Pop-up: Northern Fields, Liverpool

I grumble often about not being able to get to Liverpool often enough. It’s one of those places, that whilst physically big, like Manchester it’s a place where everybody knows everybody else. A conversation whilst perched at a bar, or chatting to a member of restaurant staff can reveal a linked history of people and places. 

So back when the Wreckfish dinner was announced, myself and a fellow Liverpool blogger hatched a plan. We’d both sit, laptops at the ready and book. We’d worked out possible dates, we knew how many of us we needed to book all we needed to do was press buttons and tap keys.

Sadly, it was not to be. Within moments everything was gone. Done. Booked up. 

Saddened – not only at missing out on the dinner, but also on the opportunity to meet up again, my co-conspirator spotted another opportunity. A pop up by chef Steve Burgess at a coffee shop in Aigburth. 

Sorted. 

And that’s why Friday saw me and Mr GFB shivering our way by train across to Space Coffee in Liverpool.

 

 

I’m tempted here to mention something about supper club and pop up etiquette. And that perhaps by the very nature of these events you often share tables and spaces with people you may not normally sit with. And that often you can become friends with these people – as I can attest to. Once a couple of glasses of wine are gone, everybody gets on with everybody else.

I could perhaps mention that it might be felt a little rude, if a fellow guest arrives to discover they are on a shared table, say with you, and protest very loudly at not wanting to be seated on a shared table. And it might also be considered such, when told this isn’t possible, that said guest physically moves their spot on the table into the aisle and into the path of the servers. Because she doesn’t want to share a table. 

 

 

But that would be churlish of me. And in truth, any such experience could not detract from the food we were about to experience and the absolutely lovely staff looking after us. 

 

 

Wine was poured and soon our senses were to be teased by warm brioche with mushroom, chicken and Gruyère brioche. Soft, buttery, warm, rich with flavour and the top delicately dotted with crisp chicken skin. It was quite clearly just a hint as to what was to come.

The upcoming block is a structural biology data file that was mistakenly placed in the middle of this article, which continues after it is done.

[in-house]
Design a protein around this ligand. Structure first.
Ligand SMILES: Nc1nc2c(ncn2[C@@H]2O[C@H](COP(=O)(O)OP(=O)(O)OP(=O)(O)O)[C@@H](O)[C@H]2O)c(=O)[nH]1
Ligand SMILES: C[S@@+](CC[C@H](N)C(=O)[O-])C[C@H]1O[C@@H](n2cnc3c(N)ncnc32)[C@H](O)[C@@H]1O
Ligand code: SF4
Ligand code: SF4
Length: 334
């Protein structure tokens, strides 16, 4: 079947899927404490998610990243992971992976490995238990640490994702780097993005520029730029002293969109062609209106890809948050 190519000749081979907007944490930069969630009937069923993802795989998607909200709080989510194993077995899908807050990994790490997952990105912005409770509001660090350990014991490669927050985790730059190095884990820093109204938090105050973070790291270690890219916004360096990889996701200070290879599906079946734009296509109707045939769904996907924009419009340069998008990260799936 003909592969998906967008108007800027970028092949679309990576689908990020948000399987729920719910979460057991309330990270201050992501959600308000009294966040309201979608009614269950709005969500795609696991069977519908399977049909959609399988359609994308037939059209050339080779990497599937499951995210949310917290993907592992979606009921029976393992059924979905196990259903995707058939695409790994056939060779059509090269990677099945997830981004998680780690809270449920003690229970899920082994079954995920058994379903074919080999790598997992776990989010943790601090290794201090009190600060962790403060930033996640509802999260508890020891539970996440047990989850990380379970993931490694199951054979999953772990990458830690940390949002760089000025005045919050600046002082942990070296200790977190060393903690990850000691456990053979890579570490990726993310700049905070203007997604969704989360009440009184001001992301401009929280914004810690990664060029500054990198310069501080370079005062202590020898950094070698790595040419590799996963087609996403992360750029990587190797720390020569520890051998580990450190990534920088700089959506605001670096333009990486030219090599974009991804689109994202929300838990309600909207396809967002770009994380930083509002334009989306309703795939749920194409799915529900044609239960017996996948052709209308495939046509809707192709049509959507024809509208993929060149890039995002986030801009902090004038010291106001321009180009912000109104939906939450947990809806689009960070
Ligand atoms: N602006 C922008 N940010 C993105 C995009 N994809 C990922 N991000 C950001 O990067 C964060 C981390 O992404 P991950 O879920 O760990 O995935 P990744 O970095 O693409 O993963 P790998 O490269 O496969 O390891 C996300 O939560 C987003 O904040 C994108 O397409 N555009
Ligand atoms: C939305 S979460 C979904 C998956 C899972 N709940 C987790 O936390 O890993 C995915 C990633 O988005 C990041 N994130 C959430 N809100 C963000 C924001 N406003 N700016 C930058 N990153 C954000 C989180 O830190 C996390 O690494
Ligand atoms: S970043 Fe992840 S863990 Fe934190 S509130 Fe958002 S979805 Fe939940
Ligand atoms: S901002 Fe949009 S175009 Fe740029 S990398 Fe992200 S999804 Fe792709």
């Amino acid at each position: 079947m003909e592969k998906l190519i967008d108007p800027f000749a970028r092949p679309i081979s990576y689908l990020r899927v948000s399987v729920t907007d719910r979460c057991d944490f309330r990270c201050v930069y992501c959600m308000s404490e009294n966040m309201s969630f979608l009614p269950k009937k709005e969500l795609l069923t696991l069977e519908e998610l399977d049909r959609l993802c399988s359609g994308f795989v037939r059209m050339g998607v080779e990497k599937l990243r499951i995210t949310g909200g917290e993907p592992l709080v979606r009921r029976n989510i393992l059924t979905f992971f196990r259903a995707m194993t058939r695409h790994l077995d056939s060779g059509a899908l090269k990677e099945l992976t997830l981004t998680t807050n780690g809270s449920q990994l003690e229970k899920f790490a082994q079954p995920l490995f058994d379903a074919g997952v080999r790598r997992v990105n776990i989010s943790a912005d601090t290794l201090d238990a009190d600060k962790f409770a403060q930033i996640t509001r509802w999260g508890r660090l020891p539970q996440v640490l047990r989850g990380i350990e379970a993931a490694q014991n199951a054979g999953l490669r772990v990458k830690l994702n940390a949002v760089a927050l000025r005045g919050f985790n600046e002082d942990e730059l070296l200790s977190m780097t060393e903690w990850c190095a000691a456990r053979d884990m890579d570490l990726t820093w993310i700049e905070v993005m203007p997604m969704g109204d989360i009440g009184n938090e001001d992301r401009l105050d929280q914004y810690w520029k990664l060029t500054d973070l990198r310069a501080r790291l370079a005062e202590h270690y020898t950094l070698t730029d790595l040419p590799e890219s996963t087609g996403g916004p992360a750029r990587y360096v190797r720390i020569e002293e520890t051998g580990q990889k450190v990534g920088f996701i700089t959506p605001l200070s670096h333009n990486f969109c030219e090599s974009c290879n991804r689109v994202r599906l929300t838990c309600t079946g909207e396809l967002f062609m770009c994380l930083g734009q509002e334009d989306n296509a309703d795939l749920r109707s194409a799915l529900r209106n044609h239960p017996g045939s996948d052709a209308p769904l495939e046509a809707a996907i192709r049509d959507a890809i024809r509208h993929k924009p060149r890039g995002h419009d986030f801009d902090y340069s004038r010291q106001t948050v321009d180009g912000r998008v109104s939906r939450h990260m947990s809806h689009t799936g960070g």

I love snacks at the start of a meal. Not just because, let’s face it, I love my food – but because it gives you a taster of the style of the chef. And these were no exception. The mackerel topped fennel with orange was classic, but well done, the cauliflower cup was incredibly moreish – warm, creamy and just enough to leave you wanting more. But it was the duck remoulade with blueberry compote and pine nuts sitting on top of a sort of duck skin peanut brittle that was something to behold. Biscuity, salty, sweet, fruity, meaty all at once. Our side of the table fell silent in contemplation.

 

 

But not for long. More wine was poured and our next dish appeared. A green salad with peashoots and nasturtiums (a feature of Steve’s cooking I’m led to believe) gave us crisp sweetness, while the beetroot remoulade gave us earthiness, crisp onions gave us crunch and cured egg yolk grated atop gave us hints of seasoned creaminess. A palate cleanser for what was probably my favourite dish. 

 

 

How can you tell it was my favourite? I took so many bloody photographs of it, and yet still I can’t do it justice. Cremy, sweet white crab meat with apple, cucumber, crème fraiche and Yorkshire rhubarb. the apple added sweetness and acidity, the crab meat was just perfect, the dried apple added crunch and a softer sweetness, the cucumber gave us freshness and then astringency from the sour rhubarb. 

I wanted to bury my face in it. I didn’t want it to end. The freshness of the crab was for me all intertwined with memories of trips to Whitby and cracking open crab claws. 

But it had to end. And it ended rather well. 

 

 

For next came suckling pig pie with mead, turnip, truffle and shallot. Again our table fell silent. And again Mr GFB proved that everybody else can cook cabbage to suit him, but me, as he repeatedly dove into the beautifully charred side of hispi cabbage.

Our final course arrived and I have to admit I struggled. 

 

 

The tonka bean brownie was beautifully flavoured, but defeated me, so whilst I handed most of it over to Mr GFB (what else are husbands for?) and sated what little greed I had left with the honeycomb, rich caramel foam and the toasted rice ice cream. A slew of toasty, sweetness. 

 

 

I’m a bit of a believer in things happening for a reason. And yes, I’m gutted that we didn’t end up going to Wreckfish in Liverpool. But you know what? This was one hell of a consolation. 

So, er, where’s the next one please?

 

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This meal was paid for by ourselves. 

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